Xi’s U.S. visit aims at cooperation

Content from the Brookings-Tsinghua Public Policy Center is now archived. Since October 1, 2020, Brookings has maintained a limited partnership with Tsinghua University School of Public Policy and Management that is intended to facilitate jointly organized dialogues, meetings, and/or events.

Li Cheng is the director of the John L. Thornton China Center at the Brookings Institution think tank.

During an interview with CRI, he listed several issues the two sides will talk about.

“Each country has a different basket of issues. Some overlap and some may have different sequence or priority. For United States, they were covering four issues, cyber security, South China Sea, East China Sea maritime issues, intellectual property rights, BIT, and issues of human rights, NGO and civil society. For the Chinese side, it emphasize economic cooperation”

The expert also points out that the talks will help to clarify some misunderstandings between the two countries, and undermine some of the worries or unfounded fears about a more confrontational relationship.

China bashing is a commonly noticed phenomenon in some U.S. political circles. With the campaign season underway, Li Cheng says Americans should put it into perspective and be aware of the impact this kind of negative dialogue can have on the future bilateral relations.

“The US-China relationship is a complicated one because of its complicity. I think politician needs to be cautious. If China bashing goes too far, there will be a back lash. And to be honest, in the international community people, are very, very cynical about this kind of bashing because, it not, it’s really not good for both countries. It undermines US interests. Really quite misleading, but therefore, I think we should put it into perspective. I think sophisticated Chinese understand that this is campaign language.”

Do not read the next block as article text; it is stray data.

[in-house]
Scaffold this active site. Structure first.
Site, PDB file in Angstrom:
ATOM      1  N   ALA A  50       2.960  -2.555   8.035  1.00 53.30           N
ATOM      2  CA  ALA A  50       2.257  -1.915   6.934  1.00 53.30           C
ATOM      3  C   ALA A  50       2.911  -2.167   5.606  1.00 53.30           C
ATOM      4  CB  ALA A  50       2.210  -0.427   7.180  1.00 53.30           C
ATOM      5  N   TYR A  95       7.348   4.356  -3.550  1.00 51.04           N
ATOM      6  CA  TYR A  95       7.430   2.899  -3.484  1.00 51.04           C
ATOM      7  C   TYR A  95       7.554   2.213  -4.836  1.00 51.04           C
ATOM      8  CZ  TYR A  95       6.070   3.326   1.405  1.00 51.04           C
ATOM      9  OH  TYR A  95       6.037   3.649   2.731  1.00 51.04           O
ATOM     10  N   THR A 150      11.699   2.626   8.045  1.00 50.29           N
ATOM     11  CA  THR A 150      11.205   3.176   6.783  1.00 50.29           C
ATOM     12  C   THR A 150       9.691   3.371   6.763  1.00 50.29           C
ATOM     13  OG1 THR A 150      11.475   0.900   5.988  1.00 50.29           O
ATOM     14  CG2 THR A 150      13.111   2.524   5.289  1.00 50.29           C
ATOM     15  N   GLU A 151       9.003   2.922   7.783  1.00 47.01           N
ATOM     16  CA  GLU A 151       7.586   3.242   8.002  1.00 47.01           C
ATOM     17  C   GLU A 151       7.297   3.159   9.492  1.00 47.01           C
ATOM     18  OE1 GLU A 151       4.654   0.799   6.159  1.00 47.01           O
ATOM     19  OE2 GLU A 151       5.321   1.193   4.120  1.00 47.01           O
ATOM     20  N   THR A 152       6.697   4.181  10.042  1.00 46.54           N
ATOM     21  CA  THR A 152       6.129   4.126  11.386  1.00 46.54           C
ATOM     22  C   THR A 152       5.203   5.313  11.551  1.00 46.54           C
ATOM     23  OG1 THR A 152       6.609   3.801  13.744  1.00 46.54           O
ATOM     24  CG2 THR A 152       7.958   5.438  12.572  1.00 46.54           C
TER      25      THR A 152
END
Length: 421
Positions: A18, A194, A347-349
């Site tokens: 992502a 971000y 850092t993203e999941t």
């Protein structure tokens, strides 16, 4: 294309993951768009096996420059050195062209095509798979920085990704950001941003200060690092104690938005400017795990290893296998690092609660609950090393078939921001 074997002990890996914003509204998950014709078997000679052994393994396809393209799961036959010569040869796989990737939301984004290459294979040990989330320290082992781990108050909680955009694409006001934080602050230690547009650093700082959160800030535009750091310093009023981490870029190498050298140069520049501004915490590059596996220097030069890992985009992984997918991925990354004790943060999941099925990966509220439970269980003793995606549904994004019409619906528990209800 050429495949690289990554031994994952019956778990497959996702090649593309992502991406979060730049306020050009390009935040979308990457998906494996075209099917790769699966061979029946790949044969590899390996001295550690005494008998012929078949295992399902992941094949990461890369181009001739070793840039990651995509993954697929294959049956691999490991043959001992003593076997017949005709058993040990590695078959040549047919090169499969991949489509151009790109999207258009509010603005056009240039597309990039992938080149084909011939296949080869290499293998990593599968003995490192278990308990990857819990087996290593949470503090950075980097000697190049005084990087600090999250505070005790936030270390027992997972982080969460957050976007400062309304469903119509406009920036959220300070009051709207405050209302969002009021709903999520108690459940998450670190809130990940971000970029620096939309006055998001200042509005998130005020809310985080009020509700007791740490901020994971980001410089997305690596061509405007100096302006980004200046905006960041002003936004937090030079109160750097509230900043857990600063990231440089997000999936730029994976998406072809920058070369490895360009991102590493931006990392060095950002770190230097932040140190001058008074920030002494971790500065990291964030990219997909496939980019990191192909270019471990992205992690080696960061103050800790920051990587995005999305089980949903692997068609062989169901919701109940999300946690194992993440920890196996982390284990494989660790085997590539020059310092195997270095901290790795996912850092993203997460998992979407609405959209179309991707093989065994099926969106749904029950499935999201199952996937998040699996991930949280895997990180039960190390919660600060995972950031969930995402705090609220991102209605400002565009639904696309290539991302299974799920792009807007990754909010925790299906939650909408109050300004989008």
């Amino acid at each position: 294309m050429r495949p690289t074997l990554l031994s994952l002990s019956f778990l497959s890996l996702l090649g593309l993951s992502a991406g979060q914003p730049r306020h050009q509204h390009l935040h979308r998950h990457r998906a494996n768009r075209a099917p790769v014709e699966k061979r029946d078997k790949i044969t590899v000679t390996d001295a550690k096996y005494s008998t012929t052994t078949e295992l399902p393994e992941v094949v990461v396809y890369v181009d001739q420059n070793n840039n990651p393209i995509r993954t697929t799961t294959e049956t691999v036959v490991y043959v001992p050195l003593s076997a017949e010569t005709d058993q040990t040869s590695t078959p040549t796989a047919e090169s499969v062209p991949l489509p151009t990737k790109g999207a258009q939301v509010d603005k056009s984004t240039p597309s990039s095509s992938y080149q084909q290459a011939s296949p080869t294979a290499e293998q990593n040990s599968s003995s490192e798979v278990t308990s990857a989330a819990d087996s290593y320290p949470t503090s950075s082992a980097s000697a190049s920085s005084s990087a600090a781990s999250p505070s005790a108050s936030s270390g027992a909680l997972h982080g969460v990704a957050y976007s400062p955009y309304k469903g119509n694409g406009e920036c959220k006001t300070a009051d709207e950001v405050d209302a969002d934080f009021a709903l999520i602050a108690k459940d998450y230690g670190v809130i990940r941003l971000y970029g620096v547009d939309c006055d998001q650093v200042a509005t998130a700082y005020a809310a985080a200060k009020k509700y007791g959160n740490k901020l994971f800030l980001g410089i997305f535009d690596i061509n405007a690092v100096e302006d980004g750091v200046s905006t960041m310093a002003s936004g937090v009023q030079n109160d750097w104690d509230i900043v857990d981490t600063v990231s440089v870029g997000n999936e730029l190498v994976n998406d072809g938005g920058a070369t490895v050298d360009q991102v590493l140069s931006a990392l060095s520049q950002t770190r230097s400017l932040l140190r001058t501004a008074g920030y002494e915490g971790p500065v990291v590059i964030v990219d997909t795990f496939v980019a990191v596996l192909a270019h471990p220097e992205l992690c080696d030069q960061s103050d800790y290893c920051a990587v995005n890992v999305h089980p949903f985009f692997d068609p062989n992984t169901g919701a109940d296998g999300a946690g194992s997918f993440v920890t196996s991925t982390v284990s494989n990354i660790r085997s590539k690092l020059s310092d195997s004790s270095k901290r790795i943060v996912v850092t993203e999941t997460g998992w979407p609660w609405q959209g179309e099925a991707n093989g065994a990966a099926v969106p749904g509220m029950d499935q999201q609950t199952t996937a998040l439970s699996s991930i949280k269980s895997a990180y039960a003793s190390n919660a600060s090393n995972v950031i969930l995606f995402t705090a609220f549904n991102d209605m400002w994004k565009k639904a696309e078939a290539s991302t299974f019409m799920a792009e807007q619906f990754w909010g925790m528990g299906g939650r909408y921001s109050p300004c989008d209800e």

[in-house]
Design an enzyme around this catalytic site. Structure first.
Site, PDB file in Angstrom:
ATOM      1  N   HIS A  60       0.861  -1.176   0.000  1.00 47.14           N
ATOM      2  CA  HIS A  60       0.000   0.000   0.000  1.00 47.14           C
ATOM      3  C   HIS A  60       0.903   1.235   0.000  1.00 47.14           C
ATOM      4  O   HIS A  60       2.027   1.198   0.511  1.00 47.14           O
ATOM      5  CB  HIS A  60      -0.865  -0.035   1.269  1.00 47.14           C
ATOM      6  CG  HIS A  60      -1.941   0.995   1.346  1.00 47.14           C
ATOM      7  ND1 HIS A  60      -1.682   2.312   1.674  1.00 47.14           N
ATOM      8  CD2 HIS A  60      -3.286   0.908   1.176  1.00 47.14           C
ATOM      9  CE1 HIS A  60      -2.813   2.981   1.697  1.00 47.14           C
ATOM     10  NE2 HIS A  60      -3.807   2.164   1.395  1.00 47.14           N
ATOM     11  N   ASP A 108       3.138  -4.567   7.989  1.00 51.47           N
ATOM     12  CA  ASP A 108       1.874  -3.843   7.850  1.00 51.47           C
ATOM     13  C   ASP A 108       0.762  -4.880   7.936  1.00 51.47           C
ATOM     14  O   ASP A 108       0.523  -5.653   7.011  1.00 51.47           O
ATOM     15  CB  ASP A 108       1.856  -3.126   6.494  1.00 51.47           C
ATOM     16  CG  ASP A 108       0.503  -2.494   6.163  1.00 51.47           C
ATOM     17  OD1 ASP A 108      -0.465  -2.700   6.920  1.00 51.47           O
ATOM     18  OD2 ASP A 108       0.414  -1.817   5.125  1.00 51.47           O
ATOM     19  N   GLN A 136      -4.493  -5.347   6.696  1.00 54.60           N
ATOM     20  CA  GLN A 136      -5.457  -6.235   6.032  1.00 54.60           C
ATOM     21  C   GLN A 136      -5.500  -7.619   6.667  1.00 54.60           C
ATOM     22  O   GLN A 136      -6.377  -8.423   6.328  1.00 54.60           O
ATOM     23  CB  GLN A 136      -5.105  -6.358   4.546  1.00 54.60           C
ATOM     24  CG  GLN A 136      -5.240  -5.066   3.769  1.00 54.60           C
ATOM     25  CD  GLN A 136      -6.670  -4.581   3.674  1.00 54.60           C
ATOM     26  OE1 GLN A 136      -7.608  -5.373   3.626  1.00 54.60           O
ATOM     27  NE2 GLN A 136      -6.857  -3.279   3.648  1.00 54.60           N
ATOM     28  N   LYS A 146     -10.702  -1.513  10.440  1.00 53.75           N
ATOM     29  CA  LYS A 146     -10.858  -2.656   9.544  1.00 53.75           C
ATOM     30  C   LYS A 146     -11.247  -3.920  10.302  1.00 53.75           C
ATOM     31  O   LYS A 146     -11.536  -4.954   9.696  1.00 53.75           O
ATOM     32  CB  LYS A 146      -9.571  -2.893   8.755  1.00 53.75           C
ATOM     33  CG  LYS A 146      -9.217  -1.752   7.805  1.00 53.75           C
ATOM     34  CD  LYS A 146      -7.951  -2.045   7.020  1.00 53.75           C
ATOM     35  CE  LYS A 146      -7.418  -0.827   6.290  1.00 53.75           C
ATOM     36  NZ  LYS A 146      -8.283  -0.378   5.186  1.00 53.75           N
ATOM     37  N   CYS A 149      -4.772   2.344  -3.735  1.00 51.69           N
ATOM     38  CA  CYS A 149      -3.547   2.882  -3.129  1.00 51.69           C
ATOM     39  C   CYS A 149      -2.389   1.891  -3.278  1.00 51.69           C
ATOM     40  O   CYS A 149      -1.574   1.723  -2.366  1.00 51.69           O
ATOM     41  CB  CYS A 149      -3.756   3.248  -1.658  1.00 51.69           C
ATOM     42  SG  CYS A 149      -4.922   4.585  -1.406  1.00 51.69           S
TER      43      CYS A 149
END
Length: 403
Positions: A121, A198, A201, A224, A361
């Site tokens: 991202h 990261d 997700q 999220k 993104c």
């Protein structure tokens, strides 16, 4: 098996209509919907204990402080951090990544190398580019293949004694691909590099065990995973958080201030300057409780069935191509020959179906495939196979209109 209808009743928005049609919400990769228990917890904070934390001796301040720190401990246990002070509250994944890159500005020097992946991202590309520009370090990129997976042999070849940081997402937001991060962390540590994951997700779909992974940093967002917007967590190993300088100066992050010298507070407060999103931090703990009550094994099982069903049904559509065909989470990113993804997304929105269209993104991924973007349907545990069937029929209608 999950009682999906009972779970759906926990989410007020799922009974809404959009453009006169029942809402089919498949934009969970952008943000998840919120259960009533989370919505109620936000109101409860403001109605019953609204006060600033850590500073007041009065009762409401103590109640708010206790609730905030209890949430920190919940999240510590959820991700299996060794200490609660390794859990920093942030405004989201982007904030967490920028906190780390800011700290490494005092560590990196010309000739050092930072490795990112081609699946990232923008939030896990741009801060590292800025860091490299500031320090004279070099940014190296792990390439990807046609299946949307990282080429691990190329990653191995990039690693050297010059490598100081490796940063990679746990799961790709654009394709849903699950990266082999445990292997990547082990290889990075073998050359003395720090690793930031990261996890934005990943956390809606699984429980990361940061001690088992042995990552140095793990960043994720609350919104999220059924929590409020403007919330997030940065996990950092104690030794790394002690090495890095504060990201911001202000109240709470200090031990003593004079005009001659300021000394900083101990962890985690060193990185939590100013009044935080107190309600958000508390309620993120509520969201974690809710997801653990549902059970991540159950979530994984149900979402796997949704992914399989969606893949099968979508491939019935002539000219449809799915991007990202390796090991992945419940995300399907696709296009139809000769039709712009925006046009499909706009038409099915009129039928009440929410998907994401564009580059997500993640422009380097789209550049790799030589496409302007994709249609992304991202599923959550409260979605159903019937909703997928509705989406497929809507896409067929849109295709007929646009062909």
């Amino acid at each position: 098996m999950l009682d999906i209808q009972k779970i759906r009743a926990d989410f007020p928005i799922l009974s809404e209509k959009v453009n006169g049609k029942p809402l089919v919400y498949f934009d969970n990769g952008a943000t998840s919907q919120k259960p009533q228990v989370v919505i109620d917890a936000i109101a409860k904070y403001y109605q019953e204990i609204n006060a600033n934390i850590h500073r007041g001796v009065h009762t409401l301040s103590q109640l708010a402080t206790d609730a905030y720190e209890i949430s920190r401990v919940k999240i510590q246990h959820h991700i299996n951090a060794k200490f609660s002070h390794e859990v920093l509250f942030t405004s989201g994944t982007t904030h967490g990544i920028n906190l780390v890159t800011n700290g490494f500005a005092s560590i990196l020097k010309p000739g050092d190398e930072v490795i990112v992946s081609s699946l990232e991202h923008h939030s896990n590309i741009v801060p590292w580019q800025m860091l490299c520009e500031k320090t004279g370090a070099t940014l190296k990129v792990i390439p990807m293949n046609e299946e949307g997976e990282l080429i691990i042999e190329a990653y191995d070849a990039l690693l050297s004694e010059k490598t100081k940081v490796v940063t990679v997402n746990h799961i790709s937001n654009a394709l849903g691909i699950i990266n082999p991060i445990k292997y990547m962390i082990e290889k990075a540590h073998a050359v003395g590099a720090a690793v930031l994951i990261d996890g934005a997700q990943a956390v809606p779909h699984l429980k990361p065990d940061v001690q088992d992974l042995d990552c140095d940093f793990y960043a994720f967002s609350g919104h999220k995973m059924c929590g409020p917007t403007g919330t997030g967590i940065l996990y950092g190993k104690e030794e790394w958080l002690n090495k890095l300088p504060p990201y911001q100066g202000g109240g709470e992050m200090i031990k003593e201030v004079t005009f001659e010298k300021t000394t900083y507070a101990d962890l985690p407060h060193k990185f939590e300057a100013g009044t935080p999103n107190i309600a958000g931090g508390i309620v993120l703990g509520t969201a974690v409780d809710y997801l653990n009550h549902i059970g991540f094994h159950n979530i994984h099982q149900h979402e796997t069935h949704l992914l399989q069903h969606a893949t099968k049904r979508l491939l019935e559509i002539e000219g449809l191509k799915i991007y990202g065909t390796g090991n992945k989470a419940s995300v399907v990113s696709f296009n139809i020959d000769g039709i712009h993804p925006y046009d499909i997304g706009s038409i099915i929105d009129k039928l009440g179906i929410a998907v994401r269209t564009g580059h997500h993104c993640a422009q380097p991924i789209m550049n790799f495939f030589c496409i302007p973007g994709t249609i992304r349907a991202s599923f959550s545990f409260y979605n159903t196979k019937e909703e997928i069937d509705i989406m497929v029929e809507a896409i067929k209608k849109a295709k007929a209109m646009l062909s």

In the last three years, President Xi and President Obama have had two summits, and they have also had a couple discussions on the sidelines of multilateral meetings.

When asked about prospective achievements during the upcoming visit, Li said it is not easy to predict the “headline news” during the visit, but he expected that Xi and his U.S. counterpart Barack Obama will reach broad consensus on cyber security.

“There will be discussions about market access including IT companies and they will seriously discuss cyber security. China is not going to avoid this issue. China’s interest is to establish an international norm in that area. So there will be a new agreement, a new kind of change.”

Li also says other issues like corrupt Chinese officials hiding in the US will also be included in the talks, and this is a second area to emphasize cooperation.

The expert says that the United States and China, the two largest economies in the world, will continue to make strides in their cooperation on the economic front, as global economic re-balancing requires China’s participation.

This interview was originally published by CRI